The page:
In the mean time, Duke Bernard of Weimar had taken up his position on the Danube, with eighteen regiments of infantry and 140 squadrons of horse, to cover Franconia, and to watch the movements of the Imperial-Bavarian army upon that river.  No sooner had Altringer departed, to join the Italians under Feria, than Bernard, profiting by his absence, hastened across the Danube, and with the rapidity of lightning appeared before Ratisbon.  The possession of this town would ensure the success of the Swedish designs upon Bavaria and Austria; it would establish them firmly on the Danube, and provide a safe refuge in case of defeat, while it alone could give permanence to their conquests in that quarter.  To defend Ratisbon, was the urgent advice which the dying Tilly left to the Elector; and Gustavus Adolphus had lamented it as an irreparable loss, that the Bavarians had anticipated him in taking possession of this place.  Indescribable, therefore, was the consternation of Maximilian, when Duke Bernard suddenly appeared before the town, and prepared in earnest to besiege it. The garrison consisted of not more than fifteen companies, mostly newly-raised soldiers; although that number was more than sufficient to weary out an enemy of far superior force, if supported by well-disposed and warlike inhabitants.  But this was not the greatest danger which the Bavarian garrison had to contend against.

The Protestant inhabitants of Ratisbon, equally jealous of their civil and religious freedom, had unwillingly submitted to the yoke of Bavaria, and had long looked with impatience for the appearance of a deliverer.  Bernard's arrival before the walls filled them with lively joy; and there was much reason to fear that they would support the attempts of the besiegers without, by exciting a tumult within.  In this perplexity, the Elector addressed the most pressing entreaties to the Emperor and the Duke of Friedland to assist him, were it only with 5,000 men.  Seven messengers in succession were despatched by Ferdinand to Wallenstein, who promised immediate succours, and even announced to the Elector the near advance of 12,000 men under Gallas; but at the same time forbade that general, under pain of death, to march.

Meanwhile the Bavarian commandant of Ratisbon, in the hope of speedy assistance, made the best preparations for defence, armed the Roman Catholic peasants, disarmed and carefully watched the Protestant citizens, lest they should attempt any hostile design against the garrison.  But as no relief arrived, and the enemy's artillery incessantly battered the walls, he consulted his own safety, and that of the garrison, by an honourable capitulation, and abandoned the Bavarian officials and ecclesiastics to the conqueror's mercy. The possession of Ratisbon, enlarged the projects of the duke, and Bavaria itself now appeared too narrow a field for his bold designs. He determined to penetrate to the frontiers of Austria, to arm the Protestant peasantry against the Emperor, and restore to them their religious liberty.  He had already taken Straubingen, while another Swedish army was advancing successfully along the northern bank of the Danube.  At the head of his Swedes, bidding defiance to the severity of the weather, he reached the mouth of the Iser, which he passed in the presence of the Bavarian General Werth, who was encamped on that river.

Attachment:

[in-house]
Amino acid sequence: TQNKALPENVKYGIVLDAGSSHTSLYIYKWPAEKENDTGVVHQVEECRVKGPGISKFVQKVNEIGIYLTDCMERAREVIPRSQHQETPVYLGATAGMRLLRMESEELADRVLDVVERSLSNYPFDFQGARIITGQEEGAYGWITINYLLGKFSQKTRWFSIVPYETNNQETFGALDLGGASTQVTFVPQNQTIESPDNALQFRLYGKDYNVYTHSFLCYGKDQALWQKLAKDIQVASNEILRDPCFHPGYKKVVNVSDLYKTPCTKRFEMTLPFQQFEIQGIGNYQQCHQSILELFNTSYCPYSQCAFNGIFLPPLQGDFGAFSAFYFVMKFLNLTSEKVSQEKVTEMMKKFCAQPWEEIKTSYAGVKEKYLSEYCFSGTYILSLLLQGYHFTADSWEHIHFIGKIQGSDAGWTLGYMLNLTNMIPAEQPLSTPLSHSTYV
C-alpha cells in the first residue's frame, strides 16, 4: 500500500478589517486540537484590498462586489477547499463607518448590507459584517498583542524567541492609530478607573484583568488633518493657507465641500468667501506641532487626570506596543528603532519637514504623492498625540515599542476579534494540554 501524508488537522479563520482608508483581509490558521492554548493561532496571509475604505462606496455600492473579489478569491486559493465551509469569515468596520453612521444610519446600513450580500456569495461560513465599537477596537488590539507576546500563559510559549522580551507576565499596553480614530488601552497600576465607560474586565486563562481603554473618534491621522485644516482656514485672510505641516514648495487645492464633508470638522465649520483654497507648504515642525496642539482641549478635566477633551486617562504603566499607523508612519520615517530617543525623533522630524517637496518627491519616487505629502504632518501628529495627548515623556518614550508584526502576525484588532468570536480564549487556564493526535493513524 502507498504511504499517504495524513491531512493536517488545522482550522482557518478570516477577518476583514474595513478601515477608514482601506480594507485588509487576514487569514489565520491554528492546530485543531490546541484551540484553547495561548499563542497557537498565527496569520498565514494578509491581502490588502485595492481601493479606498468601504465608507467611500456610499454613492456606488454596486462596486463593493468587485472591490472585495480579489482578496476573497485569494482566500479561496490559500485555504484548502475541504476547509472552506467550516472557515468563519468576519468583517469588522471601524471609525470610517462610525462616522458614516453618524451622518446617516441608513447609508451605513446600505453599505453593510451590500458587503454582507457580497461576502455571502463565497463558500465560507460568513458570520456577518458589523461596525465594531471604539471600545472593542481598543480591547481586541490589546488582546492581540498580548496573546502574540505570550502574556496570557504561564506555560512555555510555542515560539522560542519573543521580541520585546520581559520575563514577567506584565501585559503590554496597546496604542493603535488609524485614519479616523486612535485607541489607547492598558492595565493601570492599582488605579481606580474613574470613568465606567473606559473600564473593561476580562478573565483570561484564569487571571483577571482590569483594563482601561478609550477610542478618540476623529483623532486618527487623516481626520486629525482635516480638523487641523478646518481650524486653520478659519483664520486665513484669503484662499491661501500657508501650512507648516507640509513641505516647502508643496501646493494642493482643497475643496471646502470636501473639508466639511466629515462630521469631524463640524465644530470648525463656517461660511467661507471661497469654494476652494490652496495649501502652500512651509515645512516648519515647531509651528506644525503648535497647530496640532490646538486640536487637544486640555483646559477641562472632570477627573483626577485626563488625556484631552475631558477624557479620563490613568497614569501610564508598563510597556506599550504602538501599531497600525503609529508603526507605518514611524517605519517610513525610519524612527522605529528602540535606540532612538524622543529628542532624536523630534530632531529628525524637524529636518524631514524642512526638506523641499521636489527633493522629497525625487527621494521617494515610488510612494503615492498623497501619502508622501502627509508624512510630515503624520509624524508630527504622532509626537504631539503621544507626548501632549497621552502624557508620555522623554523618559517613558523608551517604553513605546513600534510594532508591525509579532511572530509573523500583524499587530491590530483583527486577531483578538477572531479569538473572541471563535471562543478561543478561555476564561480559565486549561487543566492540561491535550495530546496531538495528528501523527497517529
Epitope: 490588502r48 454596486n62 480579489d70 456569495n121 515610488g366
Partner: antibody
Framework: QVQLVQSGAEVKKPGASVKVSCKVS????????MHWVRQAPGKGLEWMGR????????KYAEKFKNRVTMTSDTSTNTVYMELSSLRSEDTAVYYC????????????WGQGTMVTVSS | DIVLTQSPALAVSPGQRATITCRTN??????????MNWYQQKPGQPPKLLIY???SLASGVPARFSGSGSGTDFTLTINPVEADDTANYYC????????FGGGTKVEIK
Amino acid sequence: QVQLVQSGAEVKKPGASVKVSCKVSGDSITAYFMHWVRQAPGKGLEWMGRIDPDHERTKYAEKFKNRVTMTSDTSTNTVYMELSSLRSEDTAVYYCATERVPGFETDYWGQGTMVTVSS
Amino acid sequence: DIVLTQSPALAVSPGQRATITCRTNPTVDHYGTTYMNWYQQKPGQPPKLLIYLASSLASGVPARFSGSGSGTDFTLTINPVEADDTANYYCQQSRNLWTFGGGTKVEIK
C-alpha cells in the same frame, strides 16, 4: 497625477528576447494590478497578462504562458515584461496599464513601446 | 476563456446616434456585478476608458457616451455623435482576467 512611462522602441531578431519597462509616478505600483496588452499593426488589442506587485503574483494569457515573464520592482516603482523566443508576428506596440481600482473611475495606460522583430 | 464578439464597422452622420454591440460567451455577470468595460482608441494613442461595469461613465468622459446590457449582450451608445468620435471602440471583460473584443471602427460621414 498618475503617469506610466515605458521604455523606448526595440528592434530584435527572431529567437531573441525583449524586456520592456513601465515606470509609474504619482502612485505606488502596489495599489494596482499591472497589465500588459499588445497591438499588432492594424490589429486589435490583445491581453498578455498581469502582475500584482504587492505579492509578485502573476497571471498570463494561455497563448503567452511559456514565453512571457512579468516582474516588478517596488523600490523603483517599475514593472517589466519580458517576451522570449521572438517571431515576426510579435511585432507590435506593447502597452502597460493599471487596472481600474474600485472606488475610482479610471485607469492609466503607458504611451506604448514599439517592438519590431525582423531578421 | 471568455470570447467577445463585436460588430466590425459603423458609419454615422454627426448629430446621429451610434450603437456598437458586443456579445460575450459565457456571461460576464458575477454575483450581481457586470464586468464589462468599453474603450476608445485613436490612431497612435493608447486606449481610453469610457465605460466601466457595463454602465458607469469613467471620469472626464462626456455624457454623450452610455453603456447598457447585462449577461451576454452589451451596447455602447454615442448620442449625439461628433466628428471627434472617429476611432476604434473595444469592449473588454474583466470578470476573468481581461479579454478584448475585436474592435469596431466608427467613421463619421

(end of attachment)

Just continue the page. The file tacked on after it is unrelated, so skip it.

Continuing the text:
Passau and Lintz trembled for their fate; the terrified Emperor redoubled his entreaties and commands to Wallenstein, to hasten with all speed to the relief of the hard-pressed Bavarians.  But here the victorious Bernard, of his own accord, checked his career of conquest.  Having in front of him the river Inn, guarded by a number of strong fortresses, and behind him two hostile armies, a disaffected country, and the river Iser, while his rear was covered by no tenable position, and no entrenchment could be made in the frozen ground, and threatened by the whole force of Wallenstein, who had at last resolved to march to the Danube, by a timely retreat he escaped the danger of being cut off from Ratisbon, and surrounded by the enemy.  He hastened across the Iser to the Danube, to defend the conquests he had made in the Upper Palatinate against Wallenstein, and fully resolved not to decline a battle, if necessary, with that general.  But Wallenstein, who was not disposed for any great exploits on the Danube, did not wait for his approach; and before the Bavarians could congratulate themselves on his arrival, he suddenly withdrew again into Bohemia.  The duke thus ended his victorious campaign, and allowed his troops their well-earned repose in winter quarters upon an enemy's country.